Problem 64 40
Problem 63 40
Problem 65 41
Problem 67 42
Problem 70 43
Problem 71 44

Understand properties of multiplication and the relationship between multiplication and division.

Math.3.OA.B.6: Understand division as an unknown-factor problem. For example, find 32 ÷ 8 by finding the number that makes 32 when multiplied by 8.

Problem Page
Problem 55 36
Problem 58 37
Problem 57 37
Problem 60 38
Problem 62 39
Problem 61 39
Problem 64 40
Problem 63 40
Problem 65 41
Problem 67 42
Problem 70 43
Problem 71 44

Multiply and divide within 100.

Math.3.OA.C.7: Fluently multiply and divide within 100, using strategies such as the relationship between multiplication and division (e.g., knowing that 8 × 5 = 40, one knows 40 ÷ 5 = 8) or properties of operations. By the end of Grade 3, know from memory all products of two one-digit numbers.

Problem Page
Problem 2 9
Problem 7 12
Problem 33 25
Problem 34 25
Problem 35 26
Problem 39 28
Problem 40 28
Problem 41 29
Problem 46 31
Problem 48 32
Problem 47 32
Problem 49 33
Problem 51 34
Problem 54 35
Problem 56 36
Problem 55 36
Problem 57 37
Problem 58 37
Problem 60 38
Problem 61 39
Problem 62 39
Problem 63 40
Problem 64 40
Problem 65 41
Problem 67 42
Problem 70 43
Problem 71 44

Solve problems involving the four operations, and identify and explain patterns in arithmetic.

Math.3.OA.D.8: Solve two-step word problems using the four operations. Represent these problems using equations with a letter standing for the unknown quantity. Assess the reasonableness of answers using mental computation and estimation strategies including rounding.(This standard is limited to problems posed with whole numbers and having whole-number answers; students should know how to perform operations in the conventional order when there are no parentheses to specify a particular order).

Problem Page
Problem 7 12
Problem 12 14
Problem 13 15
Problem 25 21
Problem 59 38
Problem 80 48
Problem 82 49
Problem 81 49
Problem 84 50
Problem 83 50
Problem 85 51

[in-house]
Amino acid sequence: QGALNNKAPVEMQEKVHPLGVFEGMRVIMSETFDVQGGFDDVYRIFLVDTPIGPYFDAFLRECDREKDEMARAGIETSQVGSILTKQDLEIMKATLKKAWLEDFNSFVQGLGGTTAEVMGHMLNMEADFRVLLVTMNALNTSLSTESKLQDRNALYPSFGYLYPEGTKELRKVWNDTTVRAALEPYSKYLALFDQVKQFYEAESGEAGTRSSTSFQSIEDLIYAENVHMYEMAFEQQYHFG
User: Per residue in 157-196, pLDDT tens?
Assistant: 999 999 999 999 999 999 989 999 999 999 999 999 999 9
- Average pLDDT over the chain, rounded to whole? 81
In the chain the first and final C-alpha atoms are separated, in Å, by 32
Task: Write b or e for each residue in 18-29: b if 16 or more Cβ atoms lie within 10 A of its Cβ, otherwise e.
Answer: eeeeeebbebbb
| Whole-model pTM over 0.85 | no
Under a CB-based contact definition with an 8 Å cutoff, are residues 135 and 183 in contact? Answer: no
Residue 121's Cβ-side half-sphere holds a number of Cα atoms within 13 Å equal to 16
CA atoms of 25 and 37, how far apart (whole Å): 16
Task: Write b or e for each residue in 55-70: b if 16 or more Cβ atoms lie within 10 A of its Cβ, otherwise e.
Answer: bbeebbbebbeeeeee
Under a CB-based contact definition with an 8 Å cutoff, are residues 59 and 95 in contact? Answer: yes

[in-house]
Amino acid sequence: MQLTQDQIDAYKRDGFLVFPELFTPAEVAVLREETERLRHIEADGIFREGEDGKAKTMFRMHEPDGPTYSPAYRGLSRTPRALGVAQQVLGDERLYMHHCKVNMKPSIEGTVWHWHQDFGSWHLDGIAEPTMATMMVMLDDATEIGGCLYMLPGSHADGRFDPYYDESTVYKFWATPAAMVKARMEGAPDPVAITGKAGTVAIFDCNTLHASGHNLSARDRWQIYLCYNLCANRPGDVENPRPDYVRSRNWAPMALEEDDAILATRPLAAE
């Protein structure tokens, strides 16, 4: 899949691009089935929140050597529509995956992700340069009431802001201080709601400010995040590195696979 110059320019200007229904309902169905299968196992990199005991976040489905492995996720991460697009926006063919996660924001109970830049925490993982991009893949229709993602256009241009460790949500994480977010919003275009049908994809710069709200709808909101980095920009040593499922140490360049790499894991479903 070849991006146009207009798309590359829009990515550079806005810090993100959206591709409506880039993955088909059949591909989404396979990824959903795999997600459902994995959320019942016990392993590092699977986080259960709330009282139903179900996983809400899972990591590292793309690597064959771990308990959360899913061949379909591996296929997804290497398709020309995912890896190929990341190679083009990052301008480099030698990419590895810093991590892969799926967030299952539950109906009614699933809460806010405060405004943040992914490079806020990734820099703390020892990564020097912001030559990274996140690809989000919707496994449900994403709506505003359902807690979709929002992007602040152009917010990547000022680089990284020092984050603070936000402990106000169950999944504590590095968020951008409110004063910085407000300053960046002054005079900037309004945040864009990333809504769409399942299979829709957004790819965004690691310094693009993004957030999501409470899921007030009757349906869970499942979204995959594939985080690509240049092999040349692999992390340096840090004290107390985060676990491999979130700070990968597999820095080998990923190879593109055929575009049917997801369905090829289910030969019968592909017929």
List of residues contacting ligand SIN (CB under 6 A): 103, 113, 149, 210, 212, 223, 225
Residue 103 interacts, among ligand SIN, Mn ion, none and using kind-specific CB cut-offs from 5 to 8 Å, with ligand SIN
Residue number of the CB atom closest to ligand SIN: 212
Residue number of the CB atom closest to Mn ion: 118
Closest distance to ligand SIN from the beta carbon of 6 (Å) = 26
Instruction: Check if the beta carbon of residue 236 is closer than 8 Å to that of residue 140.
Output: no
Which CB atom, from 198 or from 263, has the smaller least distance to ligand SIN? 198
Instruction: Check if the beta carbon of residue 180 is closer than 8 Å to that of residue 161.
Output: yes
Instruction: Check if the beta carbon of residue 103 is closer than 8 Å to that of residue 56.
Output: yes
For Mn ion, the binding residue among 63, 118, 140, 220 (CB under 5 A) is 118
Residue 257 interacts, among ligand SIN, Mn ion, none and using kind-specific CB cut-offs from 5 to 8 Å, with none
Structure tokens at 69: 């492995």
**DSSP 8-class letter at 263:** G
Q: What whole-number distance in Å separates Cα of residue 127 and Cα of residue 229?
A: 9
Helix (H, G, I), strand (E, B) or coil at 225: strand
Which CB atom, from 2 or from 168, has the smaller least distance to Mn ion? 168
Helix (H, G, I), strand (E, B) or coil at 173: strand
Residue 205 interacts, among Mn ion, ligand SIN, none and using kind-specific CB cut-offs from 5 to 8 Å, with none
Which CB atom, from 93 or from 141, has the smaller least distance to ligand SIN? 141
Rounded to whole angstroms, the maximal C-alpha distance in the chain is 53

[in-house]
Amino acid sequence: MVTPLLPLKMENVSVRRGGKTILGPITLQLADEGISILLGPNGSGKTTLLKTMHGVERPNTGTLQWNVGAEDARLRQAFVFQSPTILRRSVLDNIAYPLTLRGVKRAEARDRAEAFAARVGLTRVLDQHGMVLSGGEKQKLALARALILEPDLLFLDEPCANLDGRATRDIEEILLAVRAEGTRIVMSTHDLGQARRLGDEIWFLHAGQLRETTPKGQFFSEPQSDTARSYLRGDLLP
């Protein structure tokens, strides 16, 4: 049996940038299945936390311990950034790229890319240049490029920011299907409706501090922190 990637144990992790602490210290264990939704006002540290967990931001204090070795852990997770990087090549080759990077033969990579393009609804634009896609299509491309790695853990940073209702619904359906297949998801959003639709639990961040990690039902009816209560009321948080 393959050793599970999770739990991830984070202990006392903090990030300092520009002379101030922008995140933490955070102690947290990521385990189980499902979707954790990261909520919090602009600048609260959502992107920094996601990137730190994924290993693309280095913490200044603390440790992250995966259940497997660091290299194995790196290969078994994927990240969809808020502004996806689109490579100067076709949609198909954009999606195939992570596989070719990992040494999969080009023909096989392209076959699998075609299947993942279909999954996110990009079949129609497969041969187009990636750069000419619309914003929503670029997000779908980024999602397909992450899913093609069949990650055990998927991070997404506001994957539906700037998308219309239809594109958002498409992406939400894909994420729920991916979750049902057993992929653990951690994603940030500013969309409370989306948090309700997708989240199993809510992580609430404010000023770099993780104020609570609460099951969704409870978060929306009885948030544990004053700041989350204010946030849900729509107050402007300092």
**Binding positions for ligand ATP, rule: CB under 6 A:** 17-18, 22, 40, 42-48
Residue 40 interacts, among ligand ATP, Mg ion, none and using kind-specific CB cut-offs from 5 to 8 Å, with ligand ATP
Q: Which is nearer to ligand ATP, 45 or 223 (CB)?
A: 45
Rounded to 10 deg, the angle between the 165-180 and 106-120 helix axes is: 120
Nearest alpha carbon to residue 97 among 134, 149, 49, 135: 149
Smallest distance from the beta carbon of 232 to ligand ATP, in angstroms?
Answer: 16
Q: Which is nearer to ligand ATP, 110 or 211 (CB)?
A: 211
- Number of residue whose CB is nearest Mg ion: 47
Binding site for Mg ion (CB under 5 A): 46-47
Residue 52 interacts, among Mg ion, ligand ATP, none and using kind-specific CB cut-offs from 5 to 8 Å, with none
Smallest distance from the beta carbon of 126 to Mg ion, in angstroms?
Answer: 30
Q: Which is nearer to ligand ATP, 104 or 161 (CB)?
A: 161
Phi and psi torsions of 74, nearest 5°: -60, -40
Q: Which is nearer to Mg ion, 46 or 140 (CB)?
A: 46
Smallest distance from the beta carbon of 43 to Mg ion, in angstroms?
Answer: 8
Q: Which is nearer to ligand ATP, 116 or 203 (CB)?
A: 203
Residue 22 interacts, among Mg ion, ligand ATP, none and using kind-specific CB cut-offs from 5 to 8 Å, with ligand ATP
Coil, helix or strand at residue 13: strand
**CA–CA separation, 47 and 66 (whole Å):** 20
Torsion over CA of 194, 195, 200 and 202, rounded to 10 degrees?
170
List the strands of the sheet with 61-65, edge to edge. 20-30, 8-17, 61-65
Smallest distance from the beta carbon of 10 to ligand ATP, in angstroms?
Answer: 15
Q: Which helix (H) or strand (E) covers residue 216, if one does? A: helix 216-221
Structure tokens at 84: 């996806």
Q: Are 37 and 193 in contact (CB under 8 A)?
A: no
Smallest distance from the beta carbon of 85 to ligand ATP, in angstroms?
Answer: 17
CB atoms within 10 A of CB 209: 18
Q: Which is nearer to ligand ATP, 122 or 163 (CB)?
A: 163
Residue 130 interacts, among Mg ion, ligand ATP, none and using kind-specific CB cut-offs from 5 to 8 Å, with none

Problem 86 51
Problem 88 52
Problem 87 52
Problem 90 53

Solve problems involving the four operations, and identify and explain patterns in arithmetic.

Math.3.OA.D.9: Identify arithmetic patterns (including patterns in the addition table or multiplication table), and explain them using properties of operations. For example, observe that 4 times a number is always even, and explain why 4 times a number can be decomposed into two equal addends.

Problem Page
Problem 7 12
Problem 20 18
Problem 50 33
Problem 53 35
Problem 59 38
Problem 73 45
Problem 80 48
Problem 81 49
Problem 85 51
Problem 86 51
Problem 87 52
Problem 90 53

Domain - Number and Operations in Base Ten, Grade 3

Use place value understanding and properties of operations to perform multi-digit arithmetic.4

Math.3.NBT.A.2: Fluently add and subtract within 1000 using strategies and algorithms based on place value, properties of operations, and/or the relationship between addition and subtraction.

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Problem 1 9
Problem 3 10
Problem 4 10
Problem 6 11
Problem 14 15
Problem 15 16
Problem 16 16
Problem 18 17
Problem 17 17
Problem 19 18
Problem 21 19
Problem 22 19
Problem 24 20
Problem 23 20
Problem 30 23
Problem 29 23
Problem 77 47
Problem 78 47
Problem 79 48

Use place value understanding and properties of operations to perform multi-digit arithmetic.4

Math.3.NBT.A.1: Use place value understanding to round whole numbers to the nearest 10 or 100.